Last month, I married my fiance of three years. We tied the knot in Connecticut, where it’s legal for adults of the same gender to marry.
It undoubtedly was the best day of my life. When we returned home to St. Petersburg, our first plan of action as a married couple was to get our last names hyphenated.
We went to the Social Security Office and – bing-bang-boom – we had our new cards within a week.
Next on the list was a new Florida driver license with our new married names. We took into consideration that we are not recognized as a married couple in the state of Florida.
To be sure we would be able to get new licenses, we called the Department of Motor Vehicles, and spoke with a DMV representative. We told him that we were a same-sex couple and seeking to change our last names on our driver licenses.
He said, “Ma’am, that is none of our business. If you have a valid marriage license and the required documentation (Passport, Social Security Card, proofs of Residency), we honor it.”
Awesome. Things were coming along a lot easier than either one of us anticipated.
Monday, we went to the DMV at 1800 66th St. North with all of our documents: Social Security Cards (with our new, hyphenated last names), passports, current Florida Driver Licenses and two Proofs of Residency.
The receptionist checked us in. We waited the typical long time for our turn to be seen. My wife was called first.
She asked the woman on the other side of the counter if she could scan the marriage license, because I would need it next when my name was called.
The woman refused and stated that Florida does not acknowledge same sex marriage and therefore she could not change the name on the driver license.
I could see from where I was sitting that there was an issue. Suddenly, I felt nervous and my stomach was in a knot.
When the worker explained what she had just told my wife, I responded that we had spoken by a phone to another DMV representative, who assured us we would not have a problem.
Her response was, “Well, he didn’t know what he was talking about.”
She continued to shake her head and told us there was nothing she could do. She said that the only way we could change our names on our Florida driver licenses was to go to a state that honors same-sex marriages and get a driver license there first.
I did not say anything, but wondered to myself: "Isn't that lying to claim proof of residence elsewhere just to obtain a driver license I could present at the Florida DMV?"
She said we also could present a passport with our name changes, in addition to the Social Security cards we had with us. Or we could get a court order showing that we had legally sought a name change that was not connected to our marriage.
After 15 minutes of head shaking and no progress, we decided to walk out the door. We were trying to follow what we thought were the rules for being responsible drivers in the state of Florida, but basically were advised on how to get around the rules because the existing ones did not apply to us as a same-sex married couple.
I have worked hard to do what is right my whole life. I am a St. Pete native, a college graduate, and recently I took my first full-time job as an online news reporter for Patch.com. I also had married the love of my life.
I never imagined being refused something so mundane yet important as having a driver license with correct information. I had taken for granted these basic privleges. I felt humiliated. We were denied service, and it felt personal.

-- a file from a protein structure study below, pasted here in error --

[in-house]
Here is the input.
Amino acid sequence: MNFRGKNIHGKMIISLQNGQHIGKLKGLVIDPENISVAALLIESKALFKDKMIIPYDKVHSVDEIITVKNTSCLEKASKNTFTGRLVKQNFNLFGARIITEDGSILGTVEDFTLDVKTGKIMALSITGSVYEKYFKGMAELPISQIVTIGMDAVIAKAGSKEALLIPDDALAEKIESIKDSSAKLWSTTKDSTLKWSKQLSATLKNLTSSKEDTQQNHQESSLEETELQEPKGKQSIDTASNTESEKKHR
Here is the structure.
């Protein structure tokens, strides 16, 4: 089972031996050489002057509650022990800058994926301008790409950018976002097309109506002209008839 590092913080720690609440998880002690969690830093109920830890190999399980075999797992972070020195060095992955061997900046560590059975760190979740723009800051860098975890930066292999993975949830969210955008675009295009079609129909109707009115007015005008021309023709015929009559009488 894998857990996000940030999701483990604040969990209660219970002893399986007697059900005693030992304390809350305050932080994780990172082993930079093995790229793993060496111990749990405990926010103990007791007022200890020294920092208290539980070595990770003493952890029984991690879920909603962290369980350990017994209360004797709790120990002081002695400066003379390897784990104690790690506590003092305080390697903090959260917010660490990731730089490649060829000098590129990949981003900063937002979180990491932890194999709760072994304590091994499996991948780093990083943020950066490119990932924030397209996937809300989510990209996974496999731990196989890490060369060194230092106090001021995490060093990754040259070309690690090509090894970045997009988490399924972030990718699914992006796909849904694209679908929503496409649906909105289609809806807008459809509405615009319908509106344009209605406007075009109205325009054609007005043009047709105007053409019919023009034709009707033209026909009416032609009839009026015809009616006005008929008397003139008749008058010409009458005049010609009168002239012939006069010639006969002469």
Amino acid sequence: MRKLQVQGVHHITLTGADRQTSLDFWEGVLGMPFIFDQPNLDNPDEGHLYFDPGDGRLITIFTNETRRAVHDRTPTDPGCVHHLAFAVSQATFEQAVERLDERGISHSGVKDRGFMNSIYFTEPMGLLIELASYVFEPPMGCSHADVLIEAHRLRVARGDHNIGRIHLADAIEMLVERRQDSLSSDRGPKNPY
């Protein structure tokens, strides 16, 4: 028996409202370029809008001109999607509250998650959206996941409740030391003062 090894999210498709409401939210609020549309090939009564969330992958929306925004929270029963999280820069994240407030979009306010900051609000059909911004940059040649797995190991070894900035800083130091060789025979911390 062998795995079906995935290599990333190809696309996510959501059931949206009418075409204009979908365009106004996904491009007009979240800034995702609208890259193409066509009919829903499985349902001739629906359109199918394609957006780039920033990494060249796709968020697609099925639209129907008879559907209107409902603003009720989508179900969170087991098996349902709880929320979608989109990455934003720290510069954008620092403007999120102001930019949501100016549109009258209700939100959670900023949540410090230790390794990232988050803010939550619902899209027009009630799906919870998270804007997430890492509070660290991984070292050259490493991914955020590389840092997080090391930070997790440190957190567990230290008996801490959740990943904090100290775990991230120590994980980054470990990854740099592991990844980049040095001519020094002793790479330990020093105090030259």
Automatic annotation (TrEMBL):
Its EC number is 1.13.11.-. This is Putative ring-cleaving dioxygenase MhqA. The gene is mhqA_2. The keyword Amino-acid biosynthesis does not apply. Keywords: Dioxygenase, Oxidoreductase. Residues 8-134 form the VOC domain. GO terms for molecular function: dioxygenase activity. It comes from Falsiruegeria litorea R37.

Why were we assured equality from one DMV worker and yet refused by another? Here we are, with our federal Social Security cards identifying me by one name and our state driver license bureau by another.
I am not one to raise a fuss about things. But I wanted to know what happened and why things had to be so complicated.
I called the Department of Highway Safety and spoke with the communications officer, Ann Howard. She verified that we had all of our proper documents, but she could not give an answer as to why this occurred – other than the fact that we had a same sex marriage not acknowledged in Florida. We already knew that.
After Howard made sure that our marriage license didn't say "same-sex" anywhere on it, she suggested we go to the DMV separately. The marriage license looks no different than any other, so why not try to beat the system and hope an unsuspecting worker doesn't pay attention? Thanks for the advice, maybe we can try out that idea some other time.
Howard dug further to find a way for us to get our names changed, although it still separates us from the rest of the population. She phoned back.
I learned that in order to get our names changed on our driver licenses we would need to get new passports with our hyphenated last names.
The combination of that federal document plus the federal Social Security Card will grant us access to a name change on our Florida licenses, no questions asked.
People get their names changed every day, but because we don't "fit in" under Florida law, we must go over the river and through the woods to get a new driver license.
From the public humiliation to the vulnerability of exposing the situation, this has been a challenging week to say the least.
As a gay married woman and resident of the area, I feel that there should not be such a gray area in dealing with a people's identities and their ability to conduct their life in a purposeful manner.
I guess in situations where I need matching forms of identification, I'll just tell them to draw straws as to which Rachel I am on that particular day.
The situation we were put in was distressing to the say the least – and humiliating.
The area is so gray that the DMV's own rep interpreted it incorrectly on the phone to us and the state's communications director had to do research to figure things out.
Where does that leave someone like myself and my wife who are simply trying to do the right thing and follow the letter of the law?